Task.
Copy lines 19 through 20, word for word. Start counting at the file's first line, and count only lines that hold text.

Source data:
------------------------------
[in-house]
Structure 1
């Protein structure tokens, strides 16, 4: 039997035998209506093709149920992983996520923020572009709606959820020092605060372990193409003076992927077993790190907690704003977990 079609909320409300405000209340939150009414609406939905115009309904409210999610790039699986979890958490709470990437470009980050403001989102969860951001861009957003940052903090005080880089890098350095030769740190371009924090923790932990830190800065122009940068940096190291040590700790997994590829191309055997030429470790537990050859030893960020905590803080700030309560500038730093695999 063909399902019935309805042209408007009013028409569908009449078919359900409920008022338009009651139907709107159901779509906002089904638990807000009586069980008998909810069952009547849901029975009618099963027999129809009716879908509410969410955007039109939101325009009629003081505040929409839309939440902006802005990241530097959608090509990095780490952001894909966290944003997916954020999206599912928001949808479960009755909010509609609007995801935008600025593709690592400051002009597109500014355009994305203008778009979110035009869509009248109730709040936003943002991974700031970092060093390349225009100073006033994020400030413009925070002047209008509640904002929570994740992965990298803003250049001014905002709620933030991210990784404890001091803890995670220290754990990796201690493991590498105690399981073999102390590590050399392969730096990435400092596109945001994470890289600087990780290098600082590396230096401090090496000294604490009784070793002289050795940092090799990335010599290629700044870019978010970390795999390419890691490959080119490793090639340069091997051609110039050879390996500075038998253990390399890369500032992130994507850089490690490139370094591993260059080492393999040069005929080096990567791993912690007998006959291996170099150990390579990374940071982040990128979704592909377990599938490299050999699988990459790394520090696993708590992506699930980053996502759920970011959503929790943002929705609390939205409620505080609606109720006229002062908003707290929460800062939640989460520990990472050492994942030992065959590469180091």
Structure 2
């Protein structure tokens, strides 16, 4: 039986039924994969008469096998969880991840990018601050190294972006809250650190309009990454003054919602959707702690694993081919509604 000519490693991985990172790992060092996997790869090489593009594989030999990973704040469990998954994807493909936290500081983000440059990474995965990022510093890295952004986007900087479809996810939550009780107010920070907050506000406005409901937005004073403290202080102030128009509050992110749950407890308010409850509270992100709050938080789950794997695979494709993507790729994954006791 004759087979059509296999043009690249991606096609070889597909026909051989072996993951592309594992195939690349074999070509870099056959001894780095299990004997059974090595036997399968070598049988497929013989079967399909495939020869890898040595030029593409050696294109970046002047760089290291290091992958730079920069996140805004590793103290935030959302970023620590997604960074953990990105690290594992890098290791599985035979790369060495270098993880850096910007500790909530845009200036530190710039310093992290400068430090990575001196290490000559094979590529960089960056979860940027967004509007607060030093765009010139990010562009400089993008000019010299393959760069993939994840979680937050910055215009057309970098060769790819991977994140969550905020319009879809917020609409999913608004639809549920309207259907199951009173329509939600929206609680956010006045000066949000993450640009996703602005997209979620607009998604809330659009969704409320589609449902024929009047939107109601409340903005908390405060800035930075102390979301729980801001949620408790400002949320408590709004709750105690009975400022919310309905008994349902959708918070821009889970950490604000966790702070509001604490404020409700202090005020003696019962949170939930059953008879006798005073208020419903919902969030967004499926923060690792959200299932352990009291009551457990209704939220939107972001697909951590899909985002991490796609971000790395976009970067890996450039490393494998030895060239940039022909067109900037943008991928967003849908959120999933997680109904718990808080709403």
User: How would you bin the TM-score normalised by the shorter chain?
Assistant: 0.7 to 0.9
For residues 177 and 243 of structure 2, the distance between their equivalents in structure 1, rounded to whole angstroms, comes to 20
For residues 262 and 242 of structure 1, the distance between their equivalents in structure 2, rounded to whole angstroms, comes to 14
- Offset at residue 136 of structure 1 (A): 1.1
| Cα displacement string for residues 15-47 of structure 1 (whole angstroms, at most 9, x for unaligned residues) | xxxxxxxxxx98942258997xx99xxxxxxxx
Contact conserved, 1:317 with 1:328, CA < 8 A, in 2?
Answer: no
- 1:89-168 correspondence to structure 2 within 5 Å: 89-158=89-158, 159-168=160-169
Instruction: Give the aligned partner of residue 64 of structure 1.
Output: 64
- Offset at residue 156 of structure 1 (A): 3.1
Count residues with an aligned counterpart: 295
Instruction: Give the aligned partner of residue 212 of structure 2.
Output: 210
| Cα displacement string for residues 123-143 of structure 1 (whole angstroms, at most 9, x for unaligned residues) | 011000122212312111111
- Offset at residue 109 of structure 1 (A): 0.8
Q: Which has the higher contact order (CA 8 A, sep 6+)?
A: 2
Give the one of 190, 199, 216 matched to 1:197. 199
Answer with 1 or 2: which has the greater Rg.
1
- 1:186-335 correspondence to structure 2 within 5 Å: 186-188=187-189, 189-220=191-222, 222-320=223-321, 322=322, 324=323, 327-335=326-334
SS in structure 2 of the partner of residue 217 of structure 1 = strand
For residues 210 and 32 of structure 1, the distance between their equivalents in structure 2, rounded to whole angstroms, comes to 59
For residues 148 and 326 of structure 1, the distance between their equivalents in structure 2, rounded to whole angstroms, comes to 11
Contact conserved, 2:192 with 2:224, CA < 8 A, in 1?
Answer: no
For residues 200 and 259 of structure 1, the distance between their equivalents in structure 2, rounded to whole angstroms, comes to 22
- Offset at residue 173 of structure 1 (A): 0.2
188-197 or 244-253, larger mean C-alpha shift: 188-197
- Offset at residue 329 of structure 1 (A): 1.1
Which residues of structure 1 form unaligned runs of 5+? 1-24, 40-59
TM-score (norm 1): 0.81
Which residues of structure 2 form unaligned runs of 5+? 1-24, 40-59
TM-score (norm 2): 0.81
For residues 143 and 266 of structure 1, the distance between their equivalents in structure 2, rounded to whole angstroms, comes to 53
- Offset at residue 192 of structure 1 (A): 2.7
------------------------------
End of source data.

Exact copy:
Instruction: Give the aligned partner of residue 212 of structure 2.
Output: 210